On June 24th, 1987, one of Mel Brooks' absolute BEST films was released: Spaceballs -- the Hyperbole! Spaceballs has just celebrated its 30th anniversary this year! It is is the story of Princess Vespa, who is engaged to the boring Prince Valium (a real pill), who takes a powder on her wedding day. She brings along her trusty android Dot Matrix, as she drives her Mercades spaceship past The Planet Druidian air shields and away!
This prompts her father King Roland to call space adventurers Lone Star and Barf to intercede and bring the Princess Vespa back. They offer to do the job but only if King Roland will cough up ONE MILLION DOLLAR -- uh One Million SPACEBUCKS (Lone Star and Barf are in debt to the notorious gangster Pizza The Hut for exactly one million spacebucks. So, this works out nicely). When Lone Star and Barf track down the Princess and Dot they are caught in a tractor beam powered by the gigantic, huge, voluminous and just plain BIG Spaceballs space ship! Lone Star and Barf rescue the princess (and her matched luggage) as well as Dot.
Spaceballs President Skroob (an amalgam of the Brooks name) orders Spaceballs One's commanding officers Dark Helmet and Colonel Sandurz to find and capture Princess Vespa, so that they can use her as leverage in order to force King Roland to give them the combination to the air shields for Planet Druidia, so that they can steal their atmosphere (Planet Spaceballs' atmosphere has been sorely depleted due to Skroob's severe mismanagement). From there, Brooks' film moves into comedic high gear.
We meet Yogurt the Everlasting know-it-all, also played by Mel Brooks. Yogurt trains Lone Star in the ways of--the FORCE?? NO!! The SCHWARTZ!! Dark Helmet manages to capture Princess Vespa and Dot Matrix and cart them back to Spaceball One, with Lone Star in hot pursuit! The movie parodies even more vintage sci-fi films of the past (many people, even noted film critics Gene Siskel and Roger Ebert, state that Spaceballs was made about ten years too late. They say this because of the obvious Star Wars references. But, the Star Wars Trilogy is not the only respected and well-loved movies that Spaceballs riffs upon. There are Star Trek references, as well as references from ALIEN and THE PLANET OF THE APES).
Spaceballs was made on an estimated budget of $22.7 million dollars and the film took in a gross of $38,119,483 in the United States, and $6,613,837 on its opening weekend! There was a joke in the film that a sequel would be called: "Spaceballs 2: The Search For More Money!" Rick Moranis, who played "Dark Helmet ", said in an 2013 interview, that Brooks wanted to call a possible sequel "Spaceballs 3: The Search For Spaceballs 2!"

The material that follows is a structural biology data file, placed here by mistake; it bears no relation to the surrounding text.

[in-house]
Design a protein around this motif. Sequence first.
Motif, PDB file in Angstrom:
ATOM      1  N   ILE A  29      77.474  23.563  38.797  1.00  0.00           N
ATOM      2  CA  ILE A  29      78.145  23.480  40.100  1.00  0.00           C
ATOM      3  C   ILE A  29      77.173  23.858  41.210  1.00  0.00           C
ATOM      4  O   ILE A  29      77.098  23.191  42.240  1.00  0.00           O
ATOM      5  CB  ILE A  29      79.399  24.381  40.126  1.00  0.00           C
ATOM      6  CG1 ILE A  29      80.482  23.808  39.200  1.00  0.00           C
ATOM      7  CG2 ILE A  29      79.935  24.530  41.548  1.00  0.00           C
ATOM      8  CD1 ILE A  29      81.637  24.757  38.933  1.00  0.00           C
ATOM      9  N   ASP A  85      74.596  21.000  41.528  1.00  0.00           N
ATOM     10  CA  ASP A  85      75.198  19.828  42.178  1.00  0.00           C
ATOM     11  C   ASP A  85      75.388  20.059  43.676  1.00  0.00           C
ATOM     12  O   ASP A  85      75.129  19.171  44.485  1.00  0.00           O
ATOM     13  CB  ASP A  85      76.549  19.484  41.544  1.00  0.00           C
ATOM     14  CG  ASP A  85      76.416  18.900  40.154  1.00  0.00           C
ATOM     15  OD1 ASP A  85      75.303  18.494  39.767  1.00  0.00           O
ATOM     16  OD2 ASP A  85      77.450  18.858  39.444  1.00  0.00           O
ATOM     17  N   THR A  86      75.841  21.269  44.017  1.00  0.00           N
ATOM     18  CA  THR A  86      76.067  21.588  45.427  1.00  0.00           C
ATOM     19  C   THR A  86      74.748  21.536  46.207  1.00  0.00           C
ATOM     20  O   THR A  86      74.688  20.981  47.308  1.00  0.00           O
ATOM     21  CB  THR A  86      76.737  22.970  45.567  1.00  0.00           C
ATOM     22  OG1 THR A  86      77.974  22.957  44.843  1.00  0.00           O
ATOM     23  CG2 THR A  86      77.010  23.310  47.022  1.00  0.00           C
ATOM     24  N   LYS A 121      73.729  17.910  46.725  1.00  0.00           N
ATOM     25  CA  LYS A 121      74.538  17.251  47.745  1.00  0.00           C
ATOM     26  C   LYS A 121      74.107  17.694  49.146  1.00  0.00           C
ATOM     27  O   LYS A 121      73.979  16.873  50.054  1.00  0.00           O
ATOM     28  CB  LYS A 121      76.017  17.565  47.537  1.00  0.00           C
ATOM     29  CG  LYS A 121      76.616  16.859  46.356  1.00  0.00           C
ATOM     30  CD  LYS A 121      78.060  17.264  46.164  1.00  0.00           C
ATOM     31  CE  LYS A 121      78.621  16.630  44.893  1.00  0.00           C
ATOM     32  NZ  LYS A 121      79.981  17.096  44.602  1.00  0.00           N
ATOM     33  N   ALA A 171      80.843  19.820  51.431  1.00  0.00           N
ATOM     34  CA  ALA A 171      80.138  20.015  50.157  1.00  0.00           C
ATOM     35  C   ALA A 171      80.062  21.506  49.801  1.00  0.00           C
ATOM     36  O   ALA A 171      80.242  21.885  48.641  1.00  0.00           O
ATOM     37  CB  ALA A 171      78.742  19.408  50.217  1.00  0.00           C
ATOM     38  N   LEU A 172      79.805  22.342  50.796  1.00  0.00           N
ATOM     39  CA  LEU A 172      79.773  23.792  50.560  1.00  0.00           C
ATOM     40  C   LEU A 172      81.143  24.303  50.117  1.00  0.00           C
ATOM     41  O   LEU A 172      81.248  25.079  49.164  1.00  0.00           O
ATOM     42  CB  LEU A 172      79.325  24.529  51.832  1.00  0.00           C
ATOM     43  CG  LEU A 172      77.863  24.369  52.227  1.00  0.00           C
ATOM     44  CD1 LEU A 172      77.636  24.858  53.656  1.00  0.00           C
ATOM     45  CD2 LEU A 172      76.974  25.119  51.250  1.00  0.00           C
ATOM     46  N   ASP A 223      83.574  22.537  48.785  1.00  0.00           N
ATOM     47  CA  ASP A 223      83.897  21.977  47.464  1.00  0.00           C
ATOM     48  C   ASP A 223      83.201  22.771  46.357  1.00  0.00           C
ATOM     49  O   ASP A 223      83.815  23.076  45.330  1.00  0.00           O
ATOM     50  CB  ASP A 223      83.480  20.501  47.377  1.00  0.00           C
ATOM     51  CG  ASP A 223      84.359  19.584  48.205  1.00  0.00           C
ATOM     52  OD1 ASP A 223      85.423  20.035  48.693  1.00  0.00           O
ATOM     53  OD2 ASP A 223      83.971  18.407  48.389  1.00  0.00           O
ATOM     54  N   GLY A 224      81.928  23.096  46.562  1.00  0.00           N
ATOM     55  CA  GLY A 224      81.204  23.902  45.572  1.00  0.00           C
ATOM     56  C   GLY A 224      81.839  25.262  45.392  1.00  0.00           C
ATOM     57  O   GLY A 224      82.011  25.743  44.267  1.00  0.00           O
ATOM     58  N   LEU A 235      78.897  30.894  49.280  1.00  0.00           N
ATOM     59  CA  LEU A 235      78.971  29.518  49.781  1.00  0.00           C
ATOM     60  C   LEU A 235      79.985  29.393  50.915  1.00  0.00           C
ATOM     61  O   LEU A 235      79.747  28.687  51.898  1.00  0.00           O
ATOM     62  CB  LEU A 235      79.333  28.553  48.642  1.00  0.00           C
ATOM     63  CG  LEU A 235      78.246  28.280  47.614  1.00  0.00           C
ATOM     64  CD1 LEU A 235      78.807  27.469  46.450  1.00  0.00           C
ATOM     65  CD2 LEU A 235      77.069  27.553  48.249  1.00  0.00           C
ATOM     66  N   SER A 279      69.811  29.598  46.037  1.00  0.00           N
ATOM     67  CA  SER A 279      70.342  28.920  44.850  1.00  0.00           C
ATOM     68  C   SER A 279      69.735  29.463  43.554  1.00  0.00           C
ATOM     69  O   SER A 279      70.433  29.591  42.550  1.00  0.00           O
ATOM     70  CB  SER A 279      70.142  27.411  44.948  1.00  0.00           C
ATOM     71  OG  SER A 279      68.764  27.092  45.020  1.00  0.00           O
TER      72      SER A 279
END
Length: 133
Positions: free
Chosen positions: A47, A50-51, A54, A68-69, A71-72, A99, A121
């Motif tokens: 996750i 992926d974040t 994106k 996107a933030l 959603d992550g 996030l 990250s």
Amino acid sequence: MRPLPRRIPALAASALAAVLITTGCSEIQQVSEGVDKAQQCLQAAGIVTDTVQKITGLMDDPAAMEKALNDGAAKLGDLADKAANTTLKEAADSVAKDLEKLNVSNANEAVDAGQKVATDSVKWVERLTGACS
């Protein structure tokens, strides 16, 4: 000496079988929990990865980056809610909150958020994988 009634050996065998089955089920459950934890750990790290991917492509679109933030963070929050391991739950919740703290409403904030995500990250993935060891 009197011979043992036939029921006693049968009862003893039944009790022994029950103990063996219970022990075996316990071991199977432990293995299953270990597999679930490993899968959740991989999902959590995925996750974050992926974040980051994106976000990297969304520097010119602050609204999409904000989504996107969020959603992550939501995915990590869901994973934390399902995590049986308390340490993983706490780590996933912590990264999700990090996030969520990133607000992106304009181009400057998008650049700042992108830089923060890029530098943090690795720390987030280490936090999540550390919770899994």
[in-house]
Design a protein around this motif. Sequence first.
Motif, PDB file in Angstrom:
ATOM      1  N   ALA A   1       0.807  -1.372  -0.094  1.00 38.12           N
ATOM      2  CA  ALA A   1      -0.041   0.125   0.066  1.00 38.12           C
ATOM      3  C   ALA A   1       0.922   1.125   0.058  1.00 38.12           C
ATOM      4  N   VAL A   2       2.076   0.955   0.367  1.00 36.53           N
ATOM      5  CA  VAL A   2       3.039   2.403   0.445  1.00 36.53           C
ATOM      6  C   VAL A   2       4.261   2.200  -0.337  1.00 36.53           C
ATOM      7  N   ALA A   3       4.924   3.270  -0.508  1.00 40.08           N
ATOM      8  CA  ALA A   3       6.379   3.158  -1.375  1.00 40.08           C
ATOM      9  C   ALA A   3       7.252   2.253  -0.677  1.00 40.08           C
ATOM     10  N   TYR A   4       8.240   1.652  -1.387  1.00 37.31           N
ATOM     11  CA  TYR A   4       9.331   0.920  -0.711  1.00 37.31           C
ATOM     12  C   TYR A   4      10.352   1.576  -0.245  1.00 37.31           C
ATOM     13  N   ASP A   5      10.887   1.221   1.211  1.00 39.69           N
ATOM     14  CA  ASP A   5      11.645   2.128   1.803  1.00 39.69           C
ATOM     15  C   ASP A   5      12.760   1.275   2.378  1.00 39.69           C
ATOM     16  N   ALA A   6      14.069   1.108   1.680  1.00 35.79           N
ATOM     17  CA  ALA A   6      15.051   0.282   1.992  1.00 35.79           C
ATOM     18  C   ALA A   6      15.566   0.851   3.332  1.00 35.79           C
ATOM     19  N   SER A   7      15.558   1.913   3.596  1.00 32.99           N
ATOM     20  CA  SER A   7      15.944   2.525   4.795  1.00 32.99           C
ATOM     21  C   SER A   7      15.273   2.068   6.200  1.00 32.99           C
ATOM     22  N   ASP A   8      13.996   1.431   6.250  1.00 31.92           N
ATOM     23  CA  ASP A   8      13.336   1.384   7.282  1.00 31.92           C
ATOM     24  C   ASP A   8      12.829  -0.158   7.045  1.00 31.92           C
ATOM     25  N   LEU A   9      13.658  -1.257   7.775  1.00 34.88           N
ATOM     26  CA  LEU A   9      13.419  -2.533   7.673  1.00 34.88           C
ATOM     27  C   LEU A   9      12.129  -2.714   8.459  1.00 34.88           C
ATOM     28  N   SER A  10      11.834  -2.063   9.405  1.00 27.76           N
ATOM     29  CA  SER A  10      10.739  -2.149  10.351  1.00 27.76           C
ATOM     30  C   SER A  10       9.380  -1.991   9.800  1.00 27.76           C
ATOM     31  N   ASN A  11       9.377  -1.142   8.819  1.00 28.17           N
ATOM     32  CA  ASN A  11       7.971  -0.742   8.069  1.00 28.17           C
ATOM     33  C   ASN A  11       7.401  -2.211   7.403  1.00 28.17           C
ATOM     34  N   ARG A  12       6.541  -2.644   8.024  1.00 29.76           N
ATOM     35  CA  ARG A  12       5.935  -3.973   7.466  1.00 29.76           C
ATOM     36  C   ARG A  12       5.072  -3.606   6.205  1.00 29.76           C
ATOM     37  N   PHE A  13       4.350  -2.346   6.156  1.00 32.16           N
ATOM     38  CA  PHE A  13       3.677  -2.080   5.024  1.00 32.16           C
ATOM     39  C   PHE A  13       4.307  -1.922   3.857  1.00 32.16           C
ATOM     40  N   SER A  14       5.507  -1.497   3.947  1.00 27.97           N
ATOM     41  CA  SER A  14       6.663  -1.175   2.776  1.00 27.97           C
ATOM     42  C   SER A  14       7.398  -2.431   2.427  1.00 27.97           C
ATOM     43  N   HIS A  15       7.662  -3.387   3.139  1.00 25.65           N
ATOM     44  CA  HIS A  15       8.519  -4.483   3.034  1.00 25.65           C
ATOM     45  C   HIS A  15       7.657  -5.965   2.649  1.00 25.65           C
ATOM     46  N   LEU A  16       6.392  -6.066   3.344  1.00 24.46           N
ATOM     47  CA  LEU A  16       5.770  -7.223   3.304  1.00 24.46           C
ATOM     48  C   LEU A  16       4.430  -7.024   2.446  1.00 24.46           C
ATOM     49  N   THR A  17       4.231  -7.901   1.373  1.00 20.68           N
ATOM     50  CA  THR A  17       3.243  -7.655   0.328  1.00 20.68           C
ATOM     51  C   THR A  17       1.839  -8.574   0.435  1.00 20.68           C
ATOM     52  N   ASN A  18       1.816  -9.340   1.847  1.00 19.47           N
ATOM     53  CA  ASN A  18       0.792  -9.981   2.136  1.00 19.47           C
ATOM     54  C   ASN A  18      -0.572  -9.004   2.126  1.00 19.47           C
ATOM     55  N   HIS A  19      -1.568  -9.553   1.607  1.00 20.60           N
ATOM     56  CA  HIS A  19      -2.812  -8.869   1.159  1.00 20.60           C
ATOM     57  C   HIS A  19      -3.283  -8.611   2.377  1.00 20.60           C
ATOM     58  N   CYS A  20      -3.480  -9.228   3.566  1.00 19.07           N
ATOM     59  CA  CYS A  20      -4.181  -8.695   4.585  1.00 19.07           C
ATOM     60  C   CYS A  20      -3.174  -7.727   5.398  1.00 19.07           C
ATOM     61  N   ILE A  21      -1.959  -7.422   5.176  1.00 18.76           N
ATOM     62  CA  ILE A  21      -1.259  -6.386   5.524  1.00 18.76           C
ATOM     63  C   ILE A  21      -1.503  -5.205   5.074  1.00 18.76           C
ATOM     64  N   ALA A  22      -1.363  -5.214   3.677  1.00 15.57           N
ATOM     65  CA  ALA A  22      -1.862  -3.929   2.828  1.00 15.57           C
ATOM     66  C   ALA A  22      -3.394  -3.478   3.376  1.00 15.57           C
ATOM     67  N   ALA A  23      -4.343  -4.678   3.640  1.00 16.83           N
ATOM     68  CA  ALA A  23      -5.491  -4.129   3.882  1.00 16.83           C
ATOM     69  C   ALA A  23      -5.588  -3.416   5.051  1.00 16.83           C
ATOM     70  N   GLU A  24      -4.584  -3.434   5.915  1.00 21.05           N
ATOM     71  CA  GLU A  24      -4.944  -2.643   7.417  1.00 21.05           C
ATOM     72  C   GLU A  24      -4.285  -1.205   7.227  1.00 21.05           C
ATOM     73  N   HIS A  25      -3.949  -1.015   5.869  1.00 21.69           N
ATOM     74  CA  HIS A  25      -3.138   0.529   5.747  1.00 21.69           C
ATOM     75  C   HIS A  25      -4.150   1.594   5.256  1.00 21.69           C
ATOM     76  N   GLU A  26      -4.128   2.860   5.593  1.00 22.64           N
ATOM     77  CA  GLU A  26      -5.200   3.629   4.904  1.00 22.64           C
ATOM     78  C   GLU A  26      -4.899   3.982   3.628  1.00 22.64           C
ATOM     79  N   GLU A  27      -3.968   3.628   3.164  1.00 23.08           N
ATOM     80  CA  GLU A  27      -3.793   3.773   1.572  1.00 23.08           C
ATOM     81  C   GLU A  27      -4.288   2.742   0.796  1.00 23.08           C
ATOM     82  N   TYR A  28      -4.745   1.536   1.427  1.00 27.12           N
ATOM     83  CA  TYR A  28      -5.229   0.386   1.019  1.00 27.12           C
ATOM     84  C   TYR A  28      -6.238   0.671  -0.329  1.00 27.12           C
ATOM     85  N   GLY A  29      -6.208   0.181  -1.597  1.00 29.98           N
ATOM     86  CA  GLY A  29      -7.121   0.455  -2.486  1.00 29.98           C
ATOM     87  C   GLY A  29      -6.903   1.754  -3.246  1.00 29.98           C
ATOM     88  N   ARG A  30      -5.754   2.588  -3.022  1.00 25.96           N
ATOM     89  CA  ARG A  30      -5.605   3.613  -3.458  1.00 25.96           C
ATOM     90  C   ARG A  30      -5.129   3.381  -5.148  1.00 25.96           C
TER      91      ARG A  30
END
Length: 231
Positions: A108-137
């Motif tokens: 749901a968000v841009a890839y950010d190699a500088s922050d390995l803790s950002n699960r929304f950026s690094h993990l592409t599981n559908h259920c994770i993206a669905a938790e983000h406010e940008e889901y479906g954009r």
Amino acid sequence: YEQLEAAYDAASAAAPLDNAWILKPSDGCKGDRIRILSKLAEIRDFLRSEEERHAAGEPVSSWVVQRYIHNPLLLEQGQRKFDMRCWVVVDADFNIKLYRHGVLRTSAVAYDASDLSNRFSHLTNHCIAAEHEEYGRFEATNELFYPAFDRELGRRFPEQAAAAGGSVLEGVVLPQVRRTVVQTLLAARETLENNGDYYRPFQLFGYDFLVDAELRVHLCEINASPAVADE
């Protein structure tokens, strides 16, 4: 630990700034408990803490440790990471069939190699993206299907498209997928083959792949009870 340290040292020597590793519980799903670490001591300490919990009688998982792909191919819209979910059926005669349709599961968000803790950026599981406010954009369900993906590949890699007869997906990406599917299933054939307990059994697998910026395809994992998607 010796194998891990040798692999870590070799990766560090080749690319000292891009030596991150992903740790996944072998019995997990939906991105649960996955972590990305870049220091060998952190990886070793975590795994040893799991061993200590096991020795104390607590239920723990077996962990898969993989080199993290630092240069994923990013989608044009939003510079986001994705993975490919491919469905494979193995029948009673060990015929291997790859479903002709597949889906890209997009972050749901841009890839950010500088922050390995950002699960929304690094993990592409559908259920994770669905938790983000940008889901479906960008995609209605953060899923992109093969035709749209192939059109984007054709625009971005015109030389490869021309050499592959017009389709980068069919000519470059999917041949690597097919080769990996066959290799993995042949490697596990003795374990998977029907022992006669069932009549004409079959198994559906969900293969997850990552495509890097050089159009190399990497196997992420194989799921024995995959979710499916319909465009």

Any sequel will, of course, not have a completed cast reunion, as several of the actors in the original film are deceased now. Lorene Yarnell, world famous mime who
was actually IN the Dot Matrix outfit, Joan Rivers, who was the voice of Dot Matrix, John Candy, who played the role of Barf, the half man/half dog (a "MOG! I'm my own best friend!"), Dick Van Patten, who was King Roland and Dom DeLuise who was the voice of Pizza The Hut have all died in the past thirty years! Bill Pullman, who played Lone Star, Daphne Zuniga, who played Princess Vespa, Lord Dark Helmet himself, Rick Moranis and George Wyner, who played Colonel Sandurz are all still alive. Mel Brooks himself is still capable of portraying both Yogurt and President Skroob! Many other actors made small cameos in the film and it is fun to spot them. Micheal Winslow, who has the ability to create realistic sound effects via his voice alone and who starred in the Police Academy movies played the Radar Technician, Sal Viscuso, John Hurt, Ronny Graham, Jim J. Bullock and The Bob Newhart Show alumni Jack "Mr. Elliot Carlin" Riley as a newscaster all make quick cameos in the film.
Spaceballs has its more lowbrow moments and it has its corny jokes, but hey--it is a MEL BROOKS MOVIE!! Brooks can make even the lamest jokes laugh out loud funny! Brooks' more classic films are like this--Young Frankenstein, Blazing Saddles and Spaceballs all have such fun and funny moments! I wrote this column not just because it is the movies 30 anniversary! I wanted to spotlight Spaceballs because the movie carries with it a special memory for me. I saw Spaceballs with my friends Mike and Mark at the 112 Drive-In (the 112 is still there today) I had just graduated high school a week or so earlier and was wondering where to go from there. Anyone whom has been through those feelings will certainly empathize with me. Spaceballs represents not only a fun summer experience but also the feeling of a summer of freedom and fun before I entered the job world and decided what I was going to do with my life. Whenever I watch the film, I can still recall that summer and that feeling!
Happy 30th anniversary to SPACEBALLS!! May the Schwartz be with you!